Priyanka Chopra: The complicated feminist
By Rafia Zakaria
"Feminism is just saying give me opportunities without judging me for the decisions that I make, the same freedom that men have enjoyed for so many centuries," Priyanka Chopra explained in an interview last October.
And for the most part, Chopra has done just that, using her stardom to propel from Bollywood movie star to an international icon -- a rise that some would call ruthlessly careerist and others unabashedly feminist.
Part of this controversy stems from the fact that Chopra, a powerful actress, is full of all the complications and contradictions that surround ambitious women. She has championed feminism in one breath, but denounced burning bras in others. She has talked about the need for diversity when it comes to her own career in the United States and yet warmly feted the man whose Hindu nationalist party is accused of enabling the transformation of India from a secular to a Hindu state.
And these same divisions seem to exist regarding her latest endeavor: marriage. Last week, the actress of more than 50 films and star of the recently canceled "Quantico," wed beau Nick Jonas in a multi-episodic wedding, which featured a 70-foot (yes, 70) veil and ceremonies in a palace in Jodhpur and various other venues in India.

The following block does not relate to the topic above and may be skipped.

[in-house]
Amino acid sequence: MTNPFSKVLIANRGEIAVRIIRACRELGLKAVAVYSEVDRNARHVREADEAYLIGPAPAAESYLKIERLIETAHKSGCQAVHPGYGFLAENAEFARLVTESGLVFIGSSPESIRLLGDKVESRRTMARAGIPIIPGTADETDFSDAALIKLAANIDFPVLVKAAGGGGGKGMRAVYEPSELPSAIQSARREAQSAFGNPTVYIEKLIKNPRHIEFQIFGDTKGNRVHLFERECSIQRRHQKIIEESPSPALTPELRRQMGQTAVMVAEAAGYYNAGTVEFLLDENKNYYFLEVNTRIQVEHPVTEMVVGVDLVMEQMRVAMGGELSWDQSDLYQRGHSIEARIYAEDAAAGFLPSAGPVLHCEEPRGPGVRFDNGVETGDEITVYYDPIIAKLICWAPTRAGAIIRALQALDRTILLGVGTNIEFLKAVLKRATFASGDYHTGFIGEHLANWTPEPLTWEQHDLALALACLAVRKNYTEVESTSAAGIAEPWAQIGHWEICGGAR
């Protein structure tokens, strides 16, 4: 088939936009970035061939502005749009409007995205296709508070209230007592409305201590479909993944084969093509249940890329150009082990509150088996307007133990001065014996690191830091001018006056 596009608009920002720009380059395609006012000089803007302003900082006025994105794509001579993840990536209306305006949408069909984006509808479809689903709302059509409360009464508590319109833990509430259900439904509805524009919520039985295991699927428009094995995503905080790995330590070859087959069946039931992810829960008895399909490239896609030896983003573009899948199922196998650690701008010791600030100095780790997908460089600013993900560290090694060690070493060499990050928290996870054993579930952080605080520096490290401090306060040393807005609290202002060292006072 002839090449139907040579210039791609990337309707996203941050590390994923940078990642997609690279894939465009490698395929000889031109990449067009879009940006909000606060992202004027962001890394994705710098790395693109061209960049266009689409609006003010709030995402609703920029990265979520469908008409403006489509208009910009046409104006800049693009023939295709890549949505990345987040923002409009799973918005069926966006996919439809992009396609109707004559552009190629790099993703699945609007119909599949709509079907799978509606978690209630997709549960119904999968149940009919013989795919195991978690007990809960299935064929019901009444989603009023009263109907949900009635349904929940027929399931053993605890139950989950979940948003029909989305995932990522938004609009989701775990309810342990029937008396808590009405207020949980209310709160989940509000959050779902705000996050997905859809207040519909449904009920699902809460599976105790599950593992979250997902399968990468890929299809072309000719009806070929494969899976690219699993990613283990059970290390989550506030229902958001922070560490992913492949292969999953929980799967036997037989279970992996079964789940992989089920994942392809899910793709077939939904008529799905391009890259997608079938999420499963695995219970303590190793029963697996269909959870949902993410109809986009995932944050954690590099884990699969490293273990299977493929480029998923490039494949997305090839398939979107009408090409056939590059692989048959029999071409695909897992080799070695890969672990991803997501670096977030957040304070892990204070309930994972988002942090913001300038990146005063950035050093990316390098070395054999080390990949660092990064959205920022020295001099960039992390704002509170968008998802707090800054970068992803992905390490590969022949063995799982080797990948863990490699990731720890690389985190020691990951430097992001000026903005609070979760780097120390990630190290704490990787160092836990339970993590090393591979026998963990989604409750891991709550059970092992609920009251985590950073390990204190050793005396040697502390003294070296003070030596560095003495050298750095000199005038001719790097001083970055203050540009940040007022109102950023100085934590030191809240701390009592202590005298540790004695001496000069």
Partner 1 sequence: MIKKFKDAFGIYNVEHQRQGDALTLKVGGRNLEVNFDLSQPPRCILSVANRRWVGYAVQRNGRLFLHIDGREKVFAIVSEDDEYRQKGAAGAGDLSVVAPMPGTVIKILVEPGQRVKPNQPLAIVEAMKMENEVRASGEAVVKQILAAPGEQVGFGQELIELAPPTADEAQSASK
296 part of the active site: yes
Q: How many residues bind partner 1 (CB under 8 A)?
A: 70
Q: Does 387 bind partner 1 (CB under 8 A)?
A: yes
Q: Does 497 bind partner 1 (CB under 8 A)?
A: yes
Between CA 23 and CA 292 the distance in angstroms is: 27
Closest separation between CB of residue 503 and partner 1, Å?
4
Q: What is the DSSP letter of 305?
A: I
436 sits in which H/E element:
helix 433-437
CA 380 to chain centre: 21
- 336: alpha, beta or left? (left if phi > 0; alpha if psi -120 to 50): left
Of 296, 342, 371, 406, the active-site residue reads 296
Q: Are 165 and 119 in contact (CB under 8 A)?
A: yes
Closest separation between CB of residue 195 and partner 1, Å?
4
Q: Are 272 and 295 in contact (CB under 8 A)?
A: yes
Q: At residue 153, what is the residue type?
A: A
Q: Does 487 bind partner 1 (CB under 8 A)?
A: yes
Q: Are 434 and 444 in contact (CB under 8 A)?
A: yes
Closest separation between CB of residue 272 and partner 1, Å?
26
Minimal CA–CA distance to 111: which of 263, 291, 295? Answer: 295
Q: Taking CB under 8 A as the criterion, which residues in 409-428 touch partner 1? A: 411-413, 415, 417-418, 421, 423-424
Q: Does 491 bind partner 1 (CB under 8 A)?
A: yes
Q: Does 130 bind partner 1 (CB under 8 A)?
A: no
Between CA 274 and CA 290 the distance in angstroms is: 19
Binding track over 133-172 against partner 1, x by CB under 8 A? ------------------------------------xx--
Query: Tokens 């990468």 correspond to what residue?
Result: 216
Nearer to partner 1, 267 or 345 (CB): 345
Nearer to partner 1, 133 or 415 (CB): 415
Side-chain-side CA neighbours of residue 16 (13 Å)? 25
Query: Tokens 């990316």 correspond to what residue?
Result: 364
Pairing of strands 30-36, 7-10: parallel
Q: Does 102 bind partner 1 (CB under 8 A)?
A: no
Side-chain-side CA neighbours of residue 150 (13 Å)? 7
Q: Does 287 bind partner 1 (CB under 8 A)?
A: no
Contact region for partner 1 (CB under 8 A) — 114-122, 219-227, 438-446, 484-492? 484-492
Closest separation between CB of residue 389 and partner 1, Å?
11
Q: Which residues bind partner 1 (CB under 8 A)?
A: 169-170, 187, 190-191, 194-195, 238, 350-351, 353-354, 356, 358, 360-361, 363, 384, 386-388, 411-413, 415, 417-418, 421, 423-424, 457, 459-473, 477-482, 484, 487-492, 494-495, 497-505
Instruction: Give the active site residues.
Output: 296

To many, it was the feminist marriage of globalist dreams. At a time when America's xenophobic voices are loudest, Chopra appeared as the glowing exception to the nationalist stay-in-your-lane rhetoric that pervades politics everywhere. After all, Indian starlets with a net worth of $28 million don't always marry boy-band superstars from New Jersey, but that is just what happened on December 1, 2018.
It all began with Twitter DM's; he messaged her, and she offered up a phone number, because "her team" could see the messages. It was a power-move, the sort one would expect of a male celebrity whose entourage vets which preening women would get his attention -- except that it had been appropriated by a woman, and a brown woman to boot.
There are a lot more details of just this sort: the mere five minutes she could spare to get a first drink with Jonas while a car and flight waited to carry her off to India, all of it establishing her dominance and his lovelorn devotion.
In Chopra, then, we have the ultimate lean-in love. A brown Indian woman, one of the first to have exported her stardom across the globe from India to America, engages a younger boy-band crooner in a cinematic courtship, and never once apologizes for it. The wedding was thus expectedly triumphal and lavish, fitting into Priyanka's confession of working hard to "spoil herself."
The championing of this go-get-what-you-want-in-love ethic is not just a speculative read into Chopra's marital shenanigans; it is a philosophy that she is quite literally investing in. Next year she says she will be helping launch Bumble, the online dating app, into the Indian market because, "It's the idea of it that I love for India," as she told Vogue recently. "It empowers girls to take control of their futures. You want a career, go online; pursue the person you want to meet. Choose the kind of guy you like."